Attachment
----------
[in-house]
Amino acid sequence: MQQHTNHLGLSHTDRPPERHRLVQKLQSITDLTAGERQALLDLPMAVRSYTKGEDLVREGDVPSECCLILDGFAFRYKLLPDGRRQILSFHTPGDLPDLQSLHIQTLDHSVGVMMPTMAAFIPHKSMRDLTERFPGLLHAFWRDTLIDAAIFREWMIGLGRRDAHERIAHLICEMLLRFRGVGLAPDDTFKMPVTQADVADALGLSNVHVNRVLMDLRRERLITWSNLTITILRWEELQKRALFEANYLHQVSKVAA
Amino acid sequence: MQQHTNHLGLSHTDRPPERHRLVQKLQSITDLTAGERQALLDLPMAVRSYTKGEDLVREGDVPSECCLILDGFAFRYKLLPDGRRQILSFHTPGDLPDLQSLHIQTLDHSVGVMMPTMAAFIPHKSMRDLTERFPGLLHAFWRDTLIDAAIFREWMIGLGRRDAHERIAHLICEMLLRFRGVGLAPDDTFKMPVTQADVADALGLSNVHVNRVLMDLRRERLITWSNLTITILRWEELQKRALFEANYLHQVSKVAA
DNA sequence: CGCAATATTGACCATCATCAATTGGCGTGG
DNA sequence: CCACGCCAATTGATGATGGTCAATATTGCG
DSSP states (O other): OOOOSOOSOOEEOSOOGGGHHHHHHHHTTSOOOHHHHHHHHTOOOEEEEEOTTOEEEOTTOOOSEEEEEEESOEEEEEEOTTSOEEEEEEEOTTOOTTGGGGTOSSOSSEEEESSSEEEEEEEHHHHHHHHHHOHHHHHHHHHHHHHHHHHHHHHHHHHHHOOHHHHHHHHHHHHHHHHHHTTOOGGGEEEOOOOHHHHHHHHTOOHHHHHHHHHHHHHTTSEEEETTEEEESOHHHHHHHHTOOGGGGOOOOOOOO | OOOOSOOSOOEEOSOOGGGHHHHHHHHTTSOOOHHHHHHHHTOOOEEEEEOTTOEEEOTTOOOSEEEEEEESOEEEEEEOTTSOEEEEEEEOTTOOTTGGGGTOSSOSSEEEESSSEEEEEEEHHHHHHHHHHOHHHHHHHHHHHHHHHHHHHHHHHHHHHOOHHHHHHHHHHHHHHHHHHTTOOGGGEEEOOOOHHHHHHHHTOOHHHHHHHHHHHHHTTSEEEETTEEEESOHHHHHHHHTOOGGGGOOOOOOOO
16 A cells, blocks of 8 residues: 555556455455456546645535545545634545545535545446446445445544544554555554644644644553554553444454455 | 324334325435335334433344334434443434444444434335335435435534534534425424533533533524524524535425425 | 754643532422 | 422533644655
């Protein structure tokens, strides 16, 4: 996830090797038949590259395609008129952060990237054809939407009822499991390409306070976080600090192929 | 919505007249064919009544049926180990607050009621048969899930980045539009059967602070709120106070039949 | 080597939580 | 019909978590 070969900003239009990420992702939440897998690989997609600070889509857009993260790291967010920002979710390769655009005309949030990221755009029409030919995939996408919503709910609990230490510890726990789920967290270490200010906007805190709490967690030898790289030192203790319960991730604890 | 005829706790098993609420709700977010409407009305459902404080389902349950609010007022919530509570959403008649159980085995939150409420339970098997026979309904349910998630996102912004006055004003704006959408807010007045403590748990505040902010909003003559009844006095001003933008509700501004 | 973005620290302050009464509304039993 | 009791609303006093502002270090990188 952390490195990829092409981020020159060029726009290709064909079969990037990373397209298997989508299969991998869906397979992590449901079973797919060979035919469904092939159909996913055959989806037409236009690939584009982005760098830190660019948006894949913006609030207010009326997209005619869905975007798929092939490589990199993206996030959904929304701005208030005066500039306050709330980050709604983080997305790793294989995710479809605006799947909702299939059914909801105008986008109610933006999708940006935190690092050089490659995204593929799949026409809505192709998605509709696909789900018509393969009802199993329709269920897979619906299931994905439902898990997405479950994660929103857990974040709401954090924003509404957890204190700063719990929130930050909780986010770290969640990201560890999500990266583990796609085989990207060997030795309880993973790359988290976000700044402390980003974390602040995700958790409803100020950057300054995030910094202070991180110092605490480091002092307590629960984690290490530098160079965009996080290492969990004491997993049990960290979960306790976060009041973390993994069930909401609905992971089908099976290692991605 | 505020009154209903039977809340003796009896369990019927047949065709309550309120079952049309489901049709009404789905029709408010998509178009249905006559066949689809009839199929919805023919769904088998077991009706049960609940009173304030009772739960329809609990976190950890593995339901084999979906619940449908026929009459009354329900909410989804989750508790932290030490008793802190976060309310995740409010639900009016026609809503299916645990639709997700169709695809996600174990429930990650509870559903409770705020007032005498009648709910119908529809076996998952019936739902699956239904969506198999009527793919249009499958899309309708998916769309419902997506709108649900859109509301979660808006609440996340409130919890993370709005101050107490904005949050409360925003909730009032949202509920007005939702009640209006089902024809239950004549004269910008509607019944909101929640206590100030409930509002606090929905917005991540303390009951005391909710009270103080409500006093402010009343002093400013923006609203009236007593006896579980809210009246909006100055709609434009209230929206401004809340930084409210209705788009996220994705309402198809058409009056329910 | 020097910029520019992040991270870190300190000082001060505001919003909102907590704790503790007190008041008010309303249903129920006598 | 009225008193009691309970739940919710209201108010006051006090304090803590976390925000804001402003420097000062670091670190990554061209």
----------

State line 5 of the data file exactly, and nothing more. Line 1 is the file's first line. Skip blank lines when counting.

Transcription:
DNA sequence: CCACGCCAATTGATGATGGTCAATATTGCG